What is your professional background? How did you end up working in filmmaking?
After dropping out of economics school at 17, I began attending a center for aimless and troubled youth. A kind lady recommended an art school in a nearby small town where I could also study film. I applied, even though ’at the time I had no particular interest in film.
Though accepted, I quit after two years because in my experince the environment was so hostile. Eventually, I completed the program and chose to pursue my own path. For the following years, I considered myself a lone wolf, making short films virtually on my own, until I met a fellow film enthusiast named Kim Ekberg.
Why/how did you decide to apply for the Kehittämö Program and what do you expect from the program?
The choice to apply to AVEK’s program was obvious for someone in my position. It has a lot to do with the prevailing situation in Finland, which, in my perspective, is not very understanding towards films that don’t adhere to conventional film structures and narrative styles. For this reason,many, including myself, have given up trying to seek funding through traditional channels.
However, the introduction of the Kehittämö Program has hopefully altered this dynamic somewhat, offering a more conducive environment for filmmakers to retain their honor and integrity while producing feature films. Consequently, I expect the program to provide a supportive platform for the development and realization of innovative and unconventional projects.
What are the things you want to develop specifically in your own work?
I yearn to become more fearless. I have lived my entire life in fear, and it disgusts me. But as I age, I’ve noticed some fears fading away, greatly benefiting my work. I believe I can consciously shed even more fear. For instance, I no longer feel my fear of death has the same crippling grip on me. It also feels tremendous to not care so much about what people think of my films.
Tell us more about your project – how did you come across the topic and what is the piece about?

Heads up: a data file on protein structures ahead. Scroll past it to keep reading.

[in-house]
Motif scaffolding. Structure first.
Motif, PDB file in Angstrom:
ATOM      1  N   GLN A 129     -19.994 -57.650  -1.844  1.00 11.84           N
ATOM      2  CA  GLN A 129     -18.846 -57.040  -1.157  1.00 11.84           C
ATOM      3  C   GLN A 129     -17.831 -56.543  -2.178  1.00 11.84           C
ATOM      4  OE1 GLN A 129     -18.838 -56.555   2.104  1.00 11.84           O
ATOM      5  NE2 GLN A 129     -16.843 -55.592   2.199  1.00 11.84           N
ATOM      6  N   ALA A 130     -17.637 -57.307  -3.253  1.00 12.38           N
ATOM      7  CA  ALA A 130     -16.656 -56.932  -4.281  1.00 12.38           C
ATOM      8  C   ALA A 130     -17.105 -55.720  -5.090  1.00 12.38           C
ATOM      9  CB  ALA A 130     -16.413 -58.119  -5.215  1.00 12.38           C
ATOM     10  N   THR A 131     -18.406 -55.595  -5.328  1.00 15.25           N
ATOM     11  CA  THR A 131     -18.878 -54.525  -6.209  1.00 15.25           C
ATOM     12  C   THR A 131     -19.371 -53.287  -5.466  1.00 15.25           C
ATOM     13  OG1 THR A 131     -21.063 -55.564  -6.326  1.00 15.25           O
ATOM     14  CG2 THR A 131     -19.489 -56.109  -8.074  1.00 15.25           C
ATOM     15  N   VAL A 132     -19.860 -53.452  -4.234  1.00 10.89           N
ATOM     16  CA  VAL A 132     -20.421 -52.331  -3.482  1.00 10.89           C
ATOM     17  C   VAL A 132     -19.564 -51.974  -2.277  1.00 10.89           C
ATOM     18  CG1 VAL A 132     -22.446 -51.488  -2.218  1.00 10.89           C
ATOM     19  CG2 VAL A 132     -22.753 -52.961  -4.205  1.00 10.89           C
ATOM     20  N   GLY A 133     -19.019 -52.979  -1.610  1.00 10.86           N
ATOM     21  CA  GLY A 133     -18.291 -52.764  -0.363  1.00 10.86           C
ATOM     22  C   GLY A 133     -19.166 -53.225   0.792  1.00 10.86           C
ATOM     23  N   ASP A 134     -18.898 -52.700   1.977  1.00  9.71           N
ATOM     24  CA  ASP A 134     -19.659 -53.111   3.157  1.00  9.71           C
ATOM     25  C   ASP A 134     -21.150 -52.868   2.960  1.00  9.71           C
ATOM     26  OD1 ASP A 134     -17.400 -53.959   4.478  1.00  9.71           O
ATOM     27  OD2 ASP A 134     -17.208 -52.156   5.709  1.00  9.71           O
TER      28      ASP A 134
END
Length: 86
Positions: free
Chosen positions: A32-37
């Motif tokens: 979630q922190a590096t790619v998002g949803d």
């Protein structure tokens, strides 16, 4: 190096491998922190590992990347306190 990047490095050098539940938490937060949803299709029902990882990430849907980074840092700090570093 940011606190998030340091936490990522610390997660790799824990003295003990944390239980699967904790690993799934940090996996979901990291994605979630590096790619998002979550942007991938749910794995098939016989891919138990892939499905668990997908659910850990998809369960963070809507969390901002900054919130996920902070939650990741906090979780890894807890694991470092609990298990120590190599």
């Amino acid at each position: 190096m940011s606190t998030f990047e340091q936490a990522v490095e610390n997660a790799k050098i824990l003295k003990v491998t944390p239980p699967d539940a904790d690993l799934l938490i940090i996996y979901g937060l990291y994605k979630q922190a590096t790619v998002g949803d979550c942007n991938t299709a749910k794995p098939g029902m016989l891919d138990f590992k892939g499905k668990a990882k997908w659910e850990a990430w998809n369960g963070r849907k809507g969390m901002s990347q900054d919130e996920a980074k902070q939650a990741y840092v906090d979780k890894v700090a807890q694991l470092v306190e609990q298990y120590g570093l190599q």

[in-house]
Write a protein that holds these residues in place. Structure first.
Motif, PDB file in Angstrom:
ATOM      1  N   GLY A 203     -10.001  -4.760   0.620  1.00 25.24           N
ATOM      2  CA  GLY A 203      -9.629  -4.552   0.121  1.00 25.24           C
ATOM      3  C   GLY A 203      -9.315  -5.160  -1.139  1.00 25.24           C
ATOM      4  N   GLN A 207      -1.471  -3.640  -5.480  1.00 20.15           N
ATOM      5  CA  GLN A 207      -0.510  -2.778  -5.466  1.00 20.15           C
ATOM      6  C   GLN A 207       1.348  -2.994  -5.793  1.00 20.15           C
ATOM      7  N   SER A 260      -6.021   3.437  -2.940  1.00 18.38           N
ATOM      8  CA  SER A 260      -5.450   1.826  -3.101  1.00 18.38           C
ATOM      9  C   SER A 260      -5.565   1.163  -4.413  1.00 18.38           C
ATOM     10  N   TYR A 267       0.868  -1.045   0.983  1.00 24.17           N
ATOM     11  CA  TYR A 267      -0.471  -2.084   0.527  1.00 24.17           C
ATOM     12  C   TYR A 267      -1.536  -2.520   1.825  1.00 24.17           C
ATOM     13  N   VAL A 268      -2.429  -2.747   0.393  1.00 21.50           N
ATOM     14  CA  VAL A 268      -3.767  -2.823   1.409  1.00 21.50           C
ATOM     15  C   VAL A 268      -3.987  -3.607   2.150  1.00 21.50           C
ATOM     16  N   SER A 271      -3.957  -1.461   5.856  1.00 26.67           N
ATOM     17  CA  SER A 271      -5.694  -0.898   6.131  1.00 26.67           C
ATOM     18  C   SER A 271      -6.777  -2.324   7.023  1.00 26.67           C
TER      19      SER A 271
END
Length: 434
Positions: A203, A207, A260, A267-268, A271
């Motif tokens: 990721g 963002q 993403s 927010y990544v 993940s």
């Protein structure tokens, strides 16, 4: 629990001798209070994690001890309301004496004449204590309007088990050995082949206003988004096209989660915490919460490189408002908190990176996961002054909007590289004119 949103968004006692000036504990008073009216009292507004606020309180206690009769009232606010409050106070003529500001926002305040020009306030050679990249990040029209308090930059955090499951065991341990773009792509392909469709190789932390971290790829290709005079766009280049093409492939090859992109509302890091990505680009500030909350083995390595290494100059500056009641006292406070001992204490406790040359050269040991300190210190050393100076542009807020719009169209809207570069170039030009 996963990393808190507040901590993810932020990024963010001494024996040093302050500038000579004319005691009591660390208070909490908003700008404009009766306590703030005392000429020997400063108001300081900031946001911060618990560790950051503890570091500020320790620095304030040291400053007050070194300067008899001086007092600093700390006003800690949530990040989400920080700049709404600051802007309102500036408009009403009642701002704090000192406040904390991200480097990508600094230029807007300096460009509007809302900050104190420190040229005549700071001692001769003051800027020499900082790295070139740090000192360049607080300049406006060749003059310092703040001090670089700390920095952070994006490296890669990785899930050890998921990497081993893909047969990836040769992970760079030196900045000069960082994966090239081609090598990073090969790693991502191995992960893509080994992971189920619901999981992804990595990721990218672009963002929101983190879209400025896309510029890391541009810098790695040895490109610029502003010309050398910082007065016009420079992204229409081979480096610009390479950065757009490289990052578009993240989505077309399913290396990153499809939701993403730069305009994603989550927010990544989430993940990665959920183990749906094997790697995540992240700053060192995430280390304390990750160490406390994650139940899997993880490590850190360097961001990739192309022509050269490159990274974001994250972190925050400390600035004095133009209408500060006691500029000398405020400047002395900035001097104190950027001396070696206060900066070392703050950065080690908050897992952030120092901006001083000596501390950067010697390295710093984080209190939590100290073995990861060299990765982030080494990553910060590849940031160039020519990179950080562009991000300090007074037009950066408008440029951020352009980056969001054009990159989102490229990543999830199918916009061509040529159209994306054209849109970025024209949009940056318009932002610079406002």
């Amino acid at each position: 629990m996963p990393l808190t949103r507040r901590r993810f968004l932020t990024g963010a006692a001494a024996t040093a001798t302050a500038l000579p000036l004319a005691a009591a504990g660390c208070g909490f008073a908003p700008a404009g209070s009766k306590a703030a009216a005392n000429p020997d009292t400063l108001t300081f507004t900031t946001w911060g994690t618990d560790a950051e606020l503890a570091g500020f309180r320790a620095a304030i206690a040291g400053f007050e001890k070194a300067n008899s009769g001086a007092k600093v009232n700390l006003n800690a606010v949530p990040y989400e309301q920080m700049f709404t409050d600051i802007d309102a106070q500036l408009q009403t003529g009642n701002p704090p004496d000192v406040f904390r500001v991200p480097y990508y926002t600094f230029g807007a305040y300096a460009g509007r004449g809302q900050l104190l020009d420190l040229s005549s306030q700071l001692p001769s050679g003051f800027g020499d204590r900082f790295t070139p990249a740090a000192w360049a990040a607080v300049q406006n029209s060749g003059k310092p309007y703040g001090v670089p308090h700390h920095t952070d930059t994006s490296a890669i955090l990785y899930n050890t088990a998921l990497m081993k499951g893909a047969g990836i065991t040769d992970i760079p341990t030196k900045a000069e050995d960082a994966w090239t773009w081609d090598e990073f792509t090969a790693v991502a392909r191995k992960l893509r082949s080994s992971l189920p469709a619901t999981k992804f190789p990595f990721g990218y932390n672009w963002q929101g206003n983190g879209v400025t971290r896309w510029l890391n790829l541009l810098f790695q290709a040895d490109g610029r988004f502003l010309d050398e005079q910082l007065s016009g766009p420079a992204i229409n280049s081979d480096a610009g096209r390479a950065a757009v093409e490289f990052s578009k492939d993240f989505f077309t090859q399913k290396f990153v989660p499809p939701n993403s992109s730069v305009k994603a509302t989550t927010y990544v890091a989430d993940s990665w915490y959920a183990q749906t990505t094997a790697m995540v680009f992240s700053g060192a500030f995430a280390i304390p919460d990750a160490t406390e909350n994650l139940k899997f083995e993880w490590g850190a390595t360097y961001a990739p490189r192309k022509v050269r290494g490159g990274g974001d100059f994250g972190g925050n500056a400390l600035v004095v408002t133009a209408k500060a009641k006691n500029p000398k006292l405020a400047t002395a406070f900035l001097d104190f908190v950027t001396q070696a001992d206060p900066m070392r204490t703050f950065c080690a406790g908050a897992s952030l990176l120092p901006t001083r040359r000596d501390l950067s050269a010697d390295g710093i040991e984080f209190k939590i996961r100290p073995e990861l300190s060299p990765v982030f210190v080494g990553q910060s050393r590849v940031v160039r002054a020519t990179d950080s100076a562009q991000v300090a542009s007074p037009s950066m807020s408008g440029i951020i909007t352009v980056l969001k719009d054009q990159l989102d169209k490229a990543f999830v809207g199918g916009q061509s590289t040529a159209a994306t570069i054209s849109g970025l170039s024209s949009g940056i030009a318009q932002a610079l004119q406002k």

The script is loosely based on my grandfather’s memoir, which consists of a collection of somewhat banal anecdotes from his life. He lived in a rural area, had animals, and worked as a truck driver. He was the type of person who knew everyone and had many stories to share. The film is essentially divided into two parts, where the second part is more focused on present-day Helsinki, attitudes and emotions on the streets, derived from my dreams and memories from hospital visits, library visits, and perhaps my experiences with institutions in general.
Has the Kehittämö Program been what you imagined so far when you initially applied?
The Kehittämö Program has largely been what I expected.
How do you think your own project’s process in the Development Program has progressed up to this point?
It has progressed fairly well. Developing a script is, of course, a peculiar thing. There are no rules, but still, I constantly seem to encounter people who try to remind me of all kinds of unwritten rules that I don’t always agree with. For instance, that a script needs to be clear about what it’s trying to convey. In my opinion, a film with a clear message is the most boring thing imaginable. A total waste of time.
What kind of films or other art forms/filmmakers inspire your own work? You can mention a couple of examples of works that have particularly influenced your work.
There are some filmmakers and artists that have had an impact on me. Anne Carson, Brigitta Trotzig, Clarice Lispector, Charles Burnett, Frantz Fanon, Madlib, Bruegel, Carl Theodor Dreyer and Jacques Tati, to name a few.
What kind of topics or themes are you interested in addressing in your pieces?
I’m interested in addressing that which is possible to communicate, and that which (seemingly) is impossible to communicate.
How would you describe your artistic style or what artistic choices inspire you?
I see myself as a failed football player who entered the world of cinema with an open and possibly a very naive mind. I never know what leads me to make certain choices, and I’ve tried my best to keep it that way. Afterwards, it sometimes becomes more or less apparent how certain things came about. But I never really spend time contemplating it, so I couldn’t tell you.
How do you develop your own work and strive to find new ideas/topics/approaches for your work?
I live my little life and observe the world. I try to talk with my mother at least once a week. Then every now and then, I make a film, often about a relative or close friend or about waves crashing onto the shore. There’s very little, if any, intellectual or conscious thought involved.
There’s a joke that the brilliant comedian Norm Macdonald used to say; it went: “Where do you get your ideas from?”
Kehittämö – Talent Development Lab is a new development programme by AVEK and the Finnish Cultural Foundation, the aim of which is to strengthen the personal voices of the most talented filmmakers of their generation and create new audiovisual works of the highest quality. Authors selected for the programme receive a €55,000 grant to develop their work, as well as personal mentoring from top international professionals in the field.
Kehittämö is made possible with financial support from the Finnish Cultural Foundation, and the programme is implemented by AVEK. Half of the funding for the programme comes from the Finnish Cultural Foundation and half from AVEK’s compensation for private copying.